In regard to claimants who are pregnant, the most common situations fall into 3 scenarios: voluntary unemployment as a result of the pregnancy; pregnancies with complications; and pregnancies with no complications. Naturally, a claimant does not demonstrate that she is available for work if she states that she is unable to work or if she is actually unable to work because of the pregnancy.

Leaving employment voluntarily because of pregnancy strongly suggests that a claimant is unavailable, because her departure indicates that either her ability to work is reduced, or she simply prefers not to work. The same is true of a claimant who asks for a leave of absence rather than continuing to work, or neglects to avail herself of an opportunity of suitable employment, during pregnancy. The onus is on the claimant to disprove this presumption by showing that her decision to leave her job or to refuse other work does not affect her ability or willingness to work, and that she is still actively seeking work that she could reasonably hope to obtain.

In cases of pregnancies with complications, the first question to determine is whether the claimant is incapable of work within the meaning of that word, as found in the legislation, and whether she is entitled to sickness benefits. If not entitled, an assessment must be made of the extent to which her condition reduces prospects of employment.

Unless there are reasonable employment opportunities within her reduced capability and she demonstrates her willingness to work, the claimant will not likely be able to prove that she is capable of and available for work.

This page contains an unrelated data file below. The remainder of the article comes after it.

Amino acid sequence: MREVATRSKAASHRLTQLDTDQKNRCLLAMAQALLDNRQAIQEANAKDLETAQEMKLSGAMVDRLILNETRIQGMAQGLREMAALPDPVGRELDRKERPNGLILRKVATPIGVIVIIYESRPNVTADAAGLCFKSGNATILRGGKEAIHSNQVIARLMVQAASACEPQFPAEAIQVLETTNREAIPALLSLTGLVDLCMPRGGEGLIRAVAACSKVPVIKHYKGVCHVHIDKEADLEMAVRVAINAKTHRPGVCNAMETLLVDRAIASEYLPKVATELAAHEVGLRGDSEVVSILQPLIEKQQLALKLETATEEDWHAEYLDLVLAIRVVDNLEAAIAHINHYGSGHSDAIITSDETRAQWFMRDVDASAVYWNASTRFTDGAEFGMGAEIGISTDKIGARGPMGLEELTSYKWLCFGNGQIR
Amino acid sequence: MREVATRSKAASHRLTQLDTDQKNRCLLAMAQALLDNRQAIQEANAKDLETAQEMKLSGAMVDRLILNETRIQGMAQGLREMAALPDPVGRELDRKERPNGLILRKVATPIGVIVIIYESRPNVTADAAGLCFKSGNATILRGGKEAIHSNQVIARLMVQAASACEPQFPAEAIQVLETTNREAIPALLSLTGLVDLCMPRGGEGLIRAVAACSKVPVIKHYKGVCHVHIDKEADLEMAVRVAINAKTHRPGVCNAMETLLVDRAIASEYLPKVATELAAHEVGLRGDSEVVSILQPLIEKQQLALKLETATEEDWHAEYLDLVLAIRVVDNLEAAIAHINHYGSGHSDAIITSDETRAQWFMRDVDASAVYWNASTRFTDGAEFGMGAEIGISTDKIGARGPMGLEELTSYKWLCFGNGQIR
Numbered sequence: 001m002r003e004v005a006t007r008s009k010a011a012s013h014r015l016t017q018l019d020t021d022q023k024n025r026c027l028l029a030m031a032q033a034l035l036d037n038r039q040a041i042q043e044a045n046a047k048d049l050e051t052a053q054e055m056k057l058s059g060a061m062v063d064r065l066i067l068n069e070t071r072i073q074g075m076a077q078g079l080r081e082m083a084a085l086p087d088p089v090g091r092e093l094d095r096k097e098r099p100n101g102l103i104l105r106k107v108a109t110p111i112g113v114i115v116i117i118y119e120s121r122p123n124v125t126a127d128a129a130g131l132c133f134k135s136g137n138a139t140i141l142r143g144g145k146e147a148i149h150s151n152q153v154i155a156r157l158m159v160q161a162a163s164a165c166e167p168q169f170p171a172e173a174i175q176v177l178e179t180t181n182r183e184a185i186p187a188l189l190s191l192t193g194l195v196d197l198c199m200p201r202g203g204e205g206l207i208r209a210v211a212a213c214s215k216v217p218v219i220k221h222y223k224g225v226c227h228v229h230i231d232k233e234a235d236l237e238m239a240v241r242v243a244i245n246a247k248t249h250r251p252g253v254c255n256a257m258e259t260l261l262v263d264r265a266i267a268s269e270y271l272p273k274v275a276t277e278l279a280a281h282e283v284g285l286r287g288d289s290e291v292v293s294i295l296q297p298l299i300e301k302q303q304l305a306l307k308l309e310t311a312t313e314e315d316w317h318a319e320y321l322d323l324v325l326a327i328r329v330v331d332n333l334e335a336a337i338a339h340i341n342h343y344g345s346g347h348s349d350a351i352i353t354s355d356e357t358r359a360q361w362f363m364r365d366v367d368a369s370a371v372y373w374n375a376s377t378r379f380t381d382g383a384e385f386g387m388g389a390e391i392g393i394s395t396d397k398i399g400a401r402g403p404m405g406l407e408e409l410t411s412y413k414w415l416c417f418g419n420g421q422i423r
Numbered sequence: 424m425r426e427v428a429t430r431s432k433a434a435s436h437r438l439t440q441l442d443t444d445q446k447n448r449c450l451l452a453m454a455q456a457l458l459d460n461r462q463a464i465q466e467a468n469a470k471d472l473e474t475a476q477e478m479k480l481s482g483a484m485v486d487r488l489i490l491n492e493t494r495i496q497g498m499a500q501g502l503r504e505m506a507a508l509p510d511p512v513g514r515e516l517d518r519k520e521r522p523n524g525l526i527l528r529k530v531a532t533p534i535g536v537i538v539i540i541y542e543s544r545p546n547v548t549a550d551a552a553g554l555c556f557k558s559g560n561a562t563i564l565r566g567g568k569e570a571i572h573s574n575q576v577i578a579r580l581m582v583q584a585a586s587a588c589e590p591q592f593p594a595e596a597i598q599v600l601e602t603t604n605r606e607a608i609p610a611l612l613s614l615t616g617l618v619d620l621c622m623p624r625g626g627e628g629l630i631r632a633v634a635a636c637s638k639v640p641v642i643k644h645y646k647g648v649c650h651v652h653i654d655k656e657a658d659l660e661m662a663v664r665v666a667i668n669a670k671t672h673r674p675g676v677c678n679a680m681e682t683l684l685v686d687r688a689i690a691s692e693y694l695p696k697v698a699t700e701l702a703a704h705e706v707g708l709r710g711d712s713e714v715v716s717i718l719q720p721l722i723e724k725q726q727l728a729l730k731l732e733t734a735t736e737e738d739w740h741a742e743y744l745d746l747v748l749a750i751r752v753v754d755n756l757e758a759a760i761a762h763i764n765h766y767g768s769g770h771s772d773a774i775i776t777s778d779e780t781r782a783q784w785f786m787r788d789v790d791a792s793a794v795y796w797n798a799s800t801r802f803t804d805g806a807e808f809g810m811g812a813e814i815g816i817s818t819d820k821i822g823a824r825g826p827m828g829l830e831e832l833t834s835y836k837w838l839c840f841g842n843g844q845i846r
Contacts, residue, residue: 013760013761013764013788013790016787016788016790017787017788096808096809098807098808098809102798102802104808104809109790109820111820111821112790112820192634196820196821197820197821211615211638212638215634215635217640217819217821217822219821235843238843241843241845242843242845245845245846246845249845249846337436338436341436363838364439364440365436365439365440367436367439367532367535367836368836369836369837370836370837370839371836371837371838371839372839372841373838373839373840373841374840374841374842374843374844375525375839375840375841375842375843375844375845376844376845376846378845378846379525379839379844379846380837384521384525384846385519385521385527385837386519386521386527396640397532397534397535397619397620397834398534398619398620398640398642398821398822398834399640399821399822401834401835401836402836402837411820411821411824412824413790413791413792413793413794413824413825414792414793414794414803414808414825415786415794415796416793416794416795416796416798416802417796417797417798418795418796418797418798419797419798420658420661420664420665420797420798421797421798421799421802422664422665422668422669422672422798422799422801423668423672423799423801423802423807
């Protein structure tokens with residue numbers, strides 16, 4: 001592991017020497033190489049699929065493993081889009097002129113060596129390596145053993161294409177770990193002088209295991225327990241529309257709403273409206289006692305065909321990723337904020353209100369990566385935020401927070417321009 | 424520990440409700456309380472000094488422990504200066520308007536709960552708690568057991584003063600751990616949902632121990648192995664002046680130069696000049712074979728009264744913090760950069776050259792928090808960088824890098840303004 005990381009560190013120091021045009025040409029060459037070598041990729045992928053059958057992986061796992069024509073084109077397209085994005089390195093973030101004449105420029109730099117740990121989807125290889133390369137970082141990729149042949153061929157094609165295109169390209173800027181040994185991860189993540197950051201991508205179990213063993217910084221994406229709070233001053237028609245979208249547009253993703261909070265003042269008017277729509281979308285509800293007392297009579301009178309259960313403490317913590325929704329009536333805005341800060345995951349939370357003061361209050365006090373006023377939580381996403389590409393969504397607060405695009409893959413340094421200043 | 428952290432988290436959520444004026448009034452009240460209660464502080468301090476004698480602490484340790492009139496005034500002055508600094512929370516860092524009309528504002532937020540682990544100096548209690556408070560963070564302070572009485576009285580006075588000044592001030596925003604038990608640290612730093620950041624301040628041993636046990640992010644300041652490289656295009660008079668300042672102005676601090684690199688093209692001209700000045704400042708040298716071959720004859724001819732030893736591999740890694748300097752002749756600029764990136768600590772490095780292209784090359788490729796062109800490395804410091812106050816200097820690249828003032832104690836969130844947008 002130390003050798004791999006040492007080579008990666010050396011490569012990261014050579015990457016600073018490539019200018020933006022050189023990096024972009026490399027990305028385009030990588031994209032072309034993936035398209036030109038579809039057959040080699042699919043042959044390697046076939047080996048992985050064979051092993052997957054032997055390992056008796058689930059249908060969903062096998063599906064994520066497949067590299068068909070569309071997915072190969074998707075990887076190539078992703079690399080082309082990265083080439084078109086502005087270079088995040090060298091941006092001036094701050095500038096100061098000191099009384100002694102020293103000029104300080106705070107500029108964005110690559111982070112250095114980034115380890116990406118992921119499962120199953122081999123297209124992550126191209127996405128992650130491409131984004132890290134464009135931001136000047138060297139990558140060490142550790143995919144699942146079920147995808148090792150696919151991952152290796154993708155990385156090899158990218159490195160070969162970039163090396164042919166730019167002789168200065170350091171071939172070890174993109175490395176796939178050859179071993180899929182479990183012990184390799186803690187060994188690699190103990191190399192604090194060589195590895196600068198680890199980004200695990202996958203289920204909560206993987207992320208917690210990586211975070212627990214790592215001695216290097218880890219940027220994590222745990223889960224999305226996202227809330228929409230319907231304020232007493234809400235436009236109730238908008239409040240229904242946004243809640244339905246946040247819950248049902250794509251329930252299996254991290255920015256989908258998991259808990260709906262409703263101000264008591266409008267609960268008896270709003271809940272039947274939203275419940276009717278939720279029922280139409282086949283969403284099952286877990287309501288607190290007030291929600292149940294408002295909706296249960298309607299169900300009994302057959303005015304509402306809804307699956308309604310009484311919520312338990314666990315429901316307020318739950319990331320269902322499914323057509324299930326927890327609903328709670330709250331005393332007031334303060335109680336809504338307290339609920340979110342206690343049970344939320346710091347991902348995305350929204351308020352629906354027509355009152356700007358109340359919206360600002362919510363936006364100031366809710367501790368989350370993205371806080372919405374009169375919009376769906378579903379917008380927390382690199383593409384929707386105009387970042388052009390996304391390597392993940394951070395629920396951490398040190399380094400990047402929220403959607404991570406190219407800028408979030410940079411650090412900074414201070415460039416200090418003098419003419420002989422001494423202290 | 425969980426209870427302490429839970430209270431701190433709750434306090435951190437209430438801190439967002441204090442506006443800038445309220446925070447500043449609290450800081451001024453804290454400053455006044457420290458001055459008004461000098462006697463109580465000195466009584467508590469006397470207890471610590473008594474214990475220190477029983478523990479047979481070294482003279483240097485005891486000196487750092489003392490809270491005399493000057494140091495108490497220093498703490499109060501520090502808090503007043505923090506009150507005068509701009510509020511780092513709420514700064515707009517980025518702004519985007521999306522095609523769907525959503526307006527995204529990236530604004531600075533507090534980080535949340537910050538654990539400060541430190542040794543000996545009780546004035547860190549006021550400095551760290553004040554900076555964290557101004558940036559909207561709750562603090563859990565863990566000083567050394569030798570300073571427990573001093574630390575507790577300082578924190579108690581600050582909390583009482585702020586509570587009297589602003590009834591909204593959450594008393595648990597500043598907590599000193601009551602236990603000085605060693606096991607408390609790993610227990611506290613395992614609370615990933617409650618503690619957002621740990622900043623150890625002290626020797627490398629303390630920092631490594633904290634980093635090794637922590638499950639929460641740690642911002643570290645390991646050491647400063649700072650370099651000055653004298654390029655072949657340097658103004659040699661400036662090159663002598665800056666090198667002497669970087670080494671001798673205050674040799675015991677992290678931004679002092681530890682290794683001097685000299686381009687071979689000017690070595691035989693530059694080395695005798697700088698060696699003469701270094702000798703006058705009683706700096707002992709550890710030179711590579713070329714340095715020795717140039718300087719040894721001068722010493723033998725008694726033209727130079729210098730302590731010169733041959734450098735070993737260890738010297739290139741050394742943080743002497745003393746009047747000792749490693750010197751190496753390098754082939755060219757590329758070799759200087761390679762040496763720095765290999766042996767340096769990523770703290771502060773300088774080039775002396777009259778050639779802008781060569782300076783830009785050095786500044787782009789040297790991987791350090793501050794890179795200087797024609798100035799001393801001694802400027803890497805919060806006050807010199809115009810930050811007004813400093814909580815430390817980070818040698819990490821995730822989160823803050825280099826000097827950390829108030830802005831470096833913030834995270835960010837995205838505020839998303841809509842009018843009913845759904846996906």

While there may be no complications, a claimant may suffer from temporary illnesses at the outset of a pregnancy, which could, for short periods, prevent her from performing her usual duties. Reasonable alternatives to quitting employment in such cases, would be to request modified duties or a leave of absence until she is able to return to work. Voluntarily leaving employment without first considering these alternatives could impact the claimant’s entitlement to regular benefits, should she request them.

Claimants who lose their jobs while pregnant, but do not do so voluntarily, will be considered available for work, provided they can demonstrate that they are willing to work, at least on a temporary basis until their expected due date. Pregnancy alone, is not considered an obstacle to a claimant’s availability or capability of obtaining employment.

Where a claimant requests regular benefits following maternity and/or parental benefits, the reason she is not returning to her previous employment must be reviewed. Failure to make the required effort to return to her usual job, or to make the necessary child care arrangements so that she can actively seek work, is evidence that the claimant may not be willing or available to return to the labour force (CUB 47727). In situations where the claimant has attempted to make child care arrangements but has been unable to do so due to the unusual hours of employment offered, she may be considered available, provided she has made adequate arrangements for normal working hours.

[September 2019]